Combine broccoli’s (1) anti-inflammatory properties (2)antioxidant qualities and (3) detoxification characteristics, and you’ve got a potent cancer prevention food. In fact, Studies show that only 1/2 cup of broccoli per day is enough to show substantial health benefits in regards to cancer prevention.

Health Benefits of Raw Broccoli VS Cooked Broccoli?

According to Journal of Agricultural and Food Chemistry, raw broccoli provides significantly more of its beneficial nutrients than eating it cooked. Specifically, people who consumed raw broccoli absorbed sulforaphane faster and in higher amounts than people who consumed the vegetable in cooked form.

If you choose to cook the vegetable, however, know that steaming, microwaving and stir-frying is much better than boiling. You will preserve more of the nutrients when you cook broccoli for less time and in lower temperatures.

Broccoli Florets or Stalks – Which Contains More Nutrients?

University of California Berkeley Wellness states that both the florets and stalk of the vegetable are nutritious. They deliver the same amounts of vitamins. However, the florets contain more of the phytochemicals (beta carotene) and carotenoids (sulforaphane), while the stalks contain more fiber.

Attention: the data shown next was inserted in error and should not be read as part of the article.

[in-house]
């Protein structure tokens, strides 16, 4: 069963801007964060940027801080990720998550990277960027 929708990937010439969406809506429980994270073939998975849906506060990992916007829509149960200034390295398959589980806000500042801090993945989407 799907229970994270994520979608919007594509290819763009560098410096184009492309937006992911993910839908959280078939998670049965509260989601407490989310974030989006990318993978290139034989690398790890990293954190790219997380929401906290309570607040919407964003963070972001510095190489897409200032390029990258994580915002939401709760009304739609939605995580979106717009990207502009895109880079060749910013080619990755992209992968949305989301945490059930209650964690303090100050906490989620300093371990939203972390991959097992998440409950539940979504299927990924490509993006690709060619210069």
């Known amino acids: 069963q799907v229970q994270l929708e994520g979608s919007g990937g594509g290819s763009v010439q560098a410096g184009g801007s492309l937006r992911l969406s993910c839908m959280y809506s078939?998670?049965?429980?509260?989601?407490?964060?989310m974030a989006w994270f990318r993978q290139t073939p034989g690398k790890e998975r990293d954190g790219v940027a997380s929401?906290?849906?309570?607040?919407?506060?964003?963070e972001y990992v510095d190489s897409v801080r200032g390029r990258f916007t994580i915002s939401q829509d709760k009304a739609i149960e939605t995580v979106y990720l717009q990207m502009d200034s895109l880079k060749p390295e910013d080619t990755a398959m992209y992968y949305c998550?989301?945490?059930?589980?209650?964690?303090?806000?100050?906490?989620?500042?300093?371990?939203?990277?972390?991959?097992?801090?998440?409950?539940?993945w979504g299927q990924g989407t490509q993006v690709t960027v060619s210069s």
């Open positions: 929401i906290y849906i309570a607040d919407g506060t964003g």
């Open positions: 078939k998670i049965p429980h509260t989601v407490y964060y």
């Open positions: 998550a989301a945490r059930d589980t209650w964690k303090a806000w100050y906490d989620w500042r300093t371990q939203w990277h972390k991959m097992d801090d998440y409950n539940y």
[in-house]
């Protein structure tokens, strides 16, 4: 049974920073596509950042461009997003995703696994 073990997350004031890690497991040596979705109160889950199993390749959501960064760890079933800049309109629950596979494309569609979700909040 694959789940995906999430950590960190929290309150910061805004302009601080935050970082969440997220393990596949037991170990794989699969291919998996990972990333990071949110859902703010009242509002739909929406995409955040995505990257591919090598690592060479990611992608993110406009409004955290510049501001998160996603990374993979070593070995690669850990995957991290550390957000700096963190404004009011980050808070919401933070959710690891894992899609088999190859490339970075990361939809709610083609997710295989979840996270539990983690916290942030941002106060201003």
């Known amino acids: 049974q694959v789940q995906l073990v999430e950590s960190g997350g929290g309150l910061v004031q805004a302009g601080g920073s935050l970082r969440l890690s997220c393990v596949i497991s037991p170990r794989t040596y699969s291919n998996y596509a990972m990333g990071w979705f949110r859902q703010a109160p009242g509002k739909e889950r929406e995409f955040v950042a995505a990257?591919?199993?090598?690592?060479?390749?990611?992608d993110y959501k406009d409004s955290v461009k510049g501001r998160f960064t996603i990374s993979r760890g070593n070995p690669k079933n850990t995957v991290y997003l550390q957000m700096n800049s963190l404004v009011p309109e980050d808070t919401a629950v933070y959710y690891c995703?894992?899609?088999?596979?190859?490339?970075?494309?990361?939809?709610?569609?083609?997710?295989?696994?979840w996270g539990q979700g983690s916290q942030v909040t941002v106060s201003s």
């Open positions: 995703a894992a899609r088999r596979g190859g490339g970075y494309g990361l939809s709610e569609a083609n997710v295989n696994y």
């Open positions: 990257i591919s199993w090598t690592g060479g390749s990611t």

By the way, the soluble fiber helps lower cholesterol in the body. It does this by binding with cholesterol in blood, which makes the cholesterol easier to excrete from the body.

In addition to providing lots of health benefits and nutrition, it’s worth mentioning that broccoli can aid in weight loss. Combine its high fiber content with its low number of calories, and you’ve got a very satiated food that won’t make you fat.

Raw Broccoli VS Broccoli Sprouts:

In the video below, Dr Pedram Shojai and Dr Sara Gottfried, MD discuss the health benefits of broccoli and, more specifically, broccoli sprouts…